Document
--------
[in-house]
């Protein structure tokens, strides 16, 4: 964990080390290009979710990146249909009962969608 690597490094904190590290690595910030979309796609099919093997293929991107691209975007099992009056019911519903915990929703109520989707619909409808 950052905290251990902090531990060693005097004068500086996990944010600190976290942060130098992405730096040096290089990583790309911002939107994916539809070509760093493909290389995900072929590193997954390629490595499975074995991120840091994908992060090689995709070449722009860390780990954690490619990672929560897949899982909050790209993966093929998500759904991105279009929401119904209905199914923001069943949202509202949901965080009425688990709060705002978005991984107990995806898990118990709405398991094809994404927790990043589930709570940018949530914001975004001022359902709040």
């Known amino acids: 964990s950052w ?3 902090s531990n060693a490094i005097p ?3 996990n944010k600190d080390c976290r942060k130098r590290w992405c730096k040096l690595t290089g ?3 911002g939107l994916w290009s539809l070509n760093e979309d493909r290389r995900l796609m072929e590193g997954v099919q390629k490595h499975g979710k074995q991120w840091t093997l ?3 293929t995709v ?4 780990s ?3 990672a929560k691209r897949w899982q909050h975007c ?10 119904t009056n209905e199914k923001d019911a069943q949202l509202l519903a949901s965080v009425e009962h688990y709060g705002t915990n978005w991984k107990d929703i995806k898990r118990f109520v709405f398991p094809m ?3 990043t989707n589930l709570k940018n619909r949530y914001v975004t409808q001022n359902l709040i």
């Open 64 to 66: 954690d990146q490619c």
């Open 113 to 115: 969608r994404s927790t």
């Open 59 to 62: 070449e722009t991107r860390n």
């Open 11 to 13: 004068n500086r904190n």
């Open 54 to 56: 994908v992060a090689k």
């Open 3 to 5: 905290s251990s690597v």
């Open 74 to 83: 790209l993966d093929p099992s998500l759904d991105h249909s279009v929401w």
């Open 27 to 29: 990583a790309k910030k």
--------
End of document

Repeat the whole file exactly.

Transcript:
[in-house]
């Protein structure tokens, strides 16, 4: 964990080390290009979710990146249909009962969608 690597490094904190590290690595910030979309796609099919093997293929991107691209975007099992009056019911519903915990929703109520989707619909409808 950052905290251990902090531990060693005097004068500086996990944010600190976290942060130098992405730096040096290089990583790309911002939107994916539809070509760093493909290389995900072929590193997954390629490595499975074995991120840091994908992060090689995709070449722009860390780990954690490619990672929560897949899982909050790209993966093929998500759904991105279009929401119904209905199914923001069943949202509202949901965080009425688990709060705002978005991984107990995806898990118990709405398991094809994404927790990043589930709570940018949530914001975004001022359902709040």
């Known amino acids: 964990s950052w ?3 902090s531990n060693a490094i005097p ?3 996990n944010k600190d080390c976290r942060k130098r590290w992405c730096k040096l690595t290089g ?3 911002g939107l994916w290009s539809l070509n760093e979309d493909r290389r995900l796609m072929e590193g997954v099919q390629k490595h499975g979710k074995q991120w840091t093997l ?3 293929t995709v ?4 780990s ?3 990672a929560k691209r897949w899982q909050h975007c ?10 119904t009056n209905e199914k923001d019911a069943q949202l509202l519903a949901s965080v009425e009962h688990y709060g705002t915990n978005w991984k107990d929703i995806k898990r118990f109520v709405f398991p094809m ?3 990043t989707n589930l709570k940018n619909r949530y914001v975004t409808q001022n359902l709040i």
């Open 64 to 66: 954690d990146q490619c």
């Open 113 to 115: 969608r994404s927790t």
């Open 59 to 62: 070449e722009t991107r860390n």
């Open 11 to 13: 004068n500086r904190n």
């Open 54 to 56: 994908v992060a090689k």
């Open 3 to 5: 905290s251990s690597v």
């Open 74 to 83: 790209l993966d093929p099992s998500l759904d991105h249909s279009v929401w």
């Open 27 to 29: 990583a790309k910030k």